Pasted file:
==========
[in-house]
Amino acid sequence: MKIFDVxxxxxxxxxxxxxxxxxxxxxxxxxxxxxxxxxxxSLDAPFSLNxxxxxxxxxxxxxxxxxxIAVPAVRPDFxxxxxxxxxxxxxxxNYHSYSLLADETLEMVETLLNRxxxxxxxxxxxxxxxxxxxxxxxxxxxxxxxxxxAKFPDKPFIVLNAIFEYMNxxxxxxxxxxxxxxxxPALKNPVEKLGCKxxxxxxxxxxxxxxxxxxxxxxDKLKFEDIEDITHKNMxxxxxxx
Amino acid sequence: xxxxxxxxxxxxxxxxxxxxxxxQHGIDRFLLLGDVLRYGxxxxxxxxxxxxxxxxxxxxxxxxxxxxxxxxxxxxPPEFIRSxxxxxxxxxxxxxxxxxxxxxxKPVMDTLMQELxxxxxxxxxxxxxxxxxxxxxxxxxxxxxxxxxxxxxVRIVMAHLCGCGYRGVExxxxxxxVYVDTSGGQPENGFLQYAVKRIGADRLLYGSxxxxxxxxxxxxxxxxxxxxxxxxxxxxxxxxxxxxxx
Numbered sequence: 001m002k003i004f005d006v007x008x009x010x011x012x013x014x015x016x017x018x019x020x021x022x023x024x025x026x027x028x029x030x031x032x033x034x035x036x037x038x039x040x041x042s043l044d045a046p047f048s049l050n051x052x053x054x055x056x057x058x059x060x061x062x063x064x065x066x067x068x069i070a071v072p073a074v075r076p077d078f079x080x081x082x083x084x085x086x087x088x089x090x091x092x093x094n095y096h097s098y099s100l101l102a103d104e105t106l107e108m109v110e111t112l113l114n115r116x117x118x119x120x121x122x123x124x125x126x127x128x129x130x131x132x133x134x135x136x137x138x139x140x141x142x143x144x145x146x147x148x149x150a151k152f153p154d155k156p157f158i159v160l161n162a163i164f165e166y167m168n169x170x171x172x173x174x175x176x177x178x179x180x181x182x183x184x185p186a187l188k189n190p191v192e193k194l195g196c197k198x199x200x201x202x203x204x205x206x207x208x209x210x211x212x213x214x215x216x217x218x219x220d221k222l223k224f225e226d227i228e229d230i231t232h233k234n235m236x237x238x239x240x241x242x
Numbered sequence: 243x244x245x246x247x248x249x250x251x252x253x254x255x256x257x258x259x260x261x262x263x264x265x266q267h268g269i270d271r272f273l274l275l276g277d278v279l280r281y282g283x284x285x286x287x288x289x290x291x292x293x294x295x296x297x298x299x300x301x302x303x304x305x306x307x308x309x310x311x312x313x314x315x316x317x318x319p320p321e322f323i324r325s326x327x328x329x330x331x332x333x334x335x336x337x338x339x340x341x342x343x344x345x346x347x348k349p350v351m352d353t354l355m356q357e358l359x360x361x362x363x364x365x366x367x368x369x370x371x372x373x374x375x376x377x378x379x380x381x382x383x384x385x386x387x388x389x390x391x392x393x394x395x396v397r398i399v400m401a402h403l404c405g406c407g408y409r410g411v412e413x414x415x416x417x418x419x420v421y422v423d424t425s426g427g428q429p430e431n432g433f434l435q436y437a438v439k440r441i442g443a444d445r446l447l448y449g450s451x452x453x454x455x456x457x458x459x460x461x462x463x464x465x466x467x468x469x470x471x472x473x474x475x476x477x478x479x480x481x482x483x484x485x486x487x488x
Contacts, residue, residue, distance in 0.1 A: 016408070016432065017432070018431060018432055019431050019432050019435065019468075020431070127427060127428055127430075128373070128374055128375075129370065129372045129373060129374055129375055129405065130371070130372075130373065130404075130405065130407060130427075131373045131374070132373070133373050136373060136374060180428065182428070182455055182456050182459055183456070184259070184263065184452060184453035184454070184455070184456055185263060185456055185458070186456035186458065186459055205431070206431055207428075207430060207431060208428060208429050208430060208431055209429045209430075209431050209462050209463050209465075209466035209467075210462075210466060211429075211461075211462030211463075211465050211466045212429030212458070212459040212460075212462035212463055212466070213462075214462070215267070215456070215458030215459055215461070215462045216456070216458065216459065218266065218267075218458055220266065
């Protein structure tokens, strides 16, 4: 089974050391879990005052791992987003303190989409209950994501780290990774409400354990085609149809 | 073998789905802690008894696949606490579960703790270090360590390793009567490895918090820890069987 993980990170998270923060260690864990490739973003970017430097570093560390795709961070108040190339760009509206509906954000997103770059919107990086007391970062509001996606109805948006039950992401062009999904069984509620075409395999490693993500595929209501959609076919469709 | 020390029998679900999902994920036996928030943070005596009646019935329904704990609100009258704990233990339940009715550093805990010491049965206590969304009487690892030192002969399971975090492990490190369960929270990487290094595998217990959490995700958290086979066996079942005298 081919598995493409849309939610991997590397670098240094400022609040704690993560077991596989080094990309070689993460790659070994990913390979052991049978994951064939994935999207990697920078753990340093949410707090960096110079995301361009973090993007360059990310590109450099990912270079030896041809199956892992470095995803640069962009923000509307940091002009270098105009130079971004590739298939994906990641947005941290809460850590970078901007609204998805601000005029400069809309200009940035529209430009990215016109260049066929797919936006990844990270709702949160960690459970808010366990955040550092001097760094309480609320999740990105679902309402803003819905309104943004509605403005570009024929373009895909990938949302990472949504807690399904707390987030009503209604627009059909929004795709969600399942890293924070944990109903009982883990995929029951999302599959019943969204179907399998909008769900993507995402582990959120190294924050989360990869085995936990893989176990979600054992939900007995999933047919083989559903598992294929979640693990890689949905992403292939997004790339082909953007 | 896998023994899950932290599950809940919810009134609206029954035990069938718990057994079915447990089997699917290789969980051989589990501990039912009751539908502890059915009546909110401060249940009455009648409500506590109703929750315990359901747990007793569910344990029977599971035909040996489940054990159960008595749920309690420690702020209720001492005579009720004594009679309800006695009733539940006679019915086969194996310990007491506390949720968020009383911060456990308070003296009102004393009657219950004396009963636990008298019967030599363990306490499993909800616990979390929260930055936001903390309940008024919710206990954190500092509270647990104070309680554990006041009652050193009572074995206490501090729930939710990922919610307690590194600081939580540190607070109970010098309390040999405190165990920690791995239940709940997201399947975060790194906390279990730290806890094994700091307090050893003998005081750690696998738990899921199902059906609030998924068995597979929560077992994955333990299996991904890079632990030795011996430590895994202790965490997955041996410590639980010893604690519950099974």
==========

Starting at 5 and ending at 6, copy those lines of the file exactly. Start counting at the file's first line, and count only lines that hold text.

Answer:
Numbered sequence: 243x244x245x246x247x248x249x250x251x252x253x254x255x256x257x258x259x260x261x262x263x264x265x266q267h268g269i270d271r272f273l274l275l276g277d278v279l280r281y282g283x284x285x286x287x288x289x290x291x292x293x294x295x296x297x298x299x300x301x302x303x304x305x306x307x308x309x310x311x312x313x314x315x316x317x318x319p320p321e322f323i324r325s326x327x328x329x330x331x332x333x334x335x336x337x338x339x340x341x342x343x344x345x346x347x348k349p350v351m352d353t354l355m356q357e358l359x360x361x362x363x364x365x366x367x368x369x370x371x372x373x374x375x376x377x378x379x380x381x382x383x384x385x386x387x388x389x390x391x392x393x394x395x396v397r398i399v400m401a402h403l404c405g406c407g408y409r410g411v412e413x414x415x416x417x418x419x420v421y422v423d424t425s426g427g428q429p430e431n432g433f434l435q436y437a438v439k440r441i442g443a444d445r446l447l448y449g450s451x452x453x454x455x456x457x458x459x460x461x462x463x464x465x466x467x468x469x470x471x472x473x474x475x476x477x478x479x480x481x482x483x484x485x486x487x488x
Contacts, residue, residue, distance in 0.1 A: 016408070016432065017432070018431060018432055019431050019432050019435065019468075020431070127427060127428055127430075128373070128374055128375075129370065129372045129373060129374055129375055129405065130371070130372075130373065130404075130405065130407060130427075131373045131374070132373070133373050136373060136374060180428065182428070182455055182456050182459055183456070184259070184263065184452060184453035184454070184455070184456055185263060185456055185458070186456035186458065186459055205431070206431055207428075207430060207431060208428060208429050208430060208431055209429045209430075209431050209462050209463050209465075209466035209467075210462075210466060211429075211461075211462030211463075211465050211466045212429030212458070212459040212460075212462035212463055212466070213462075214462070215267070215456070215458030215459055215461070215462045216456070216458065216459065218266065218267075218458055220266065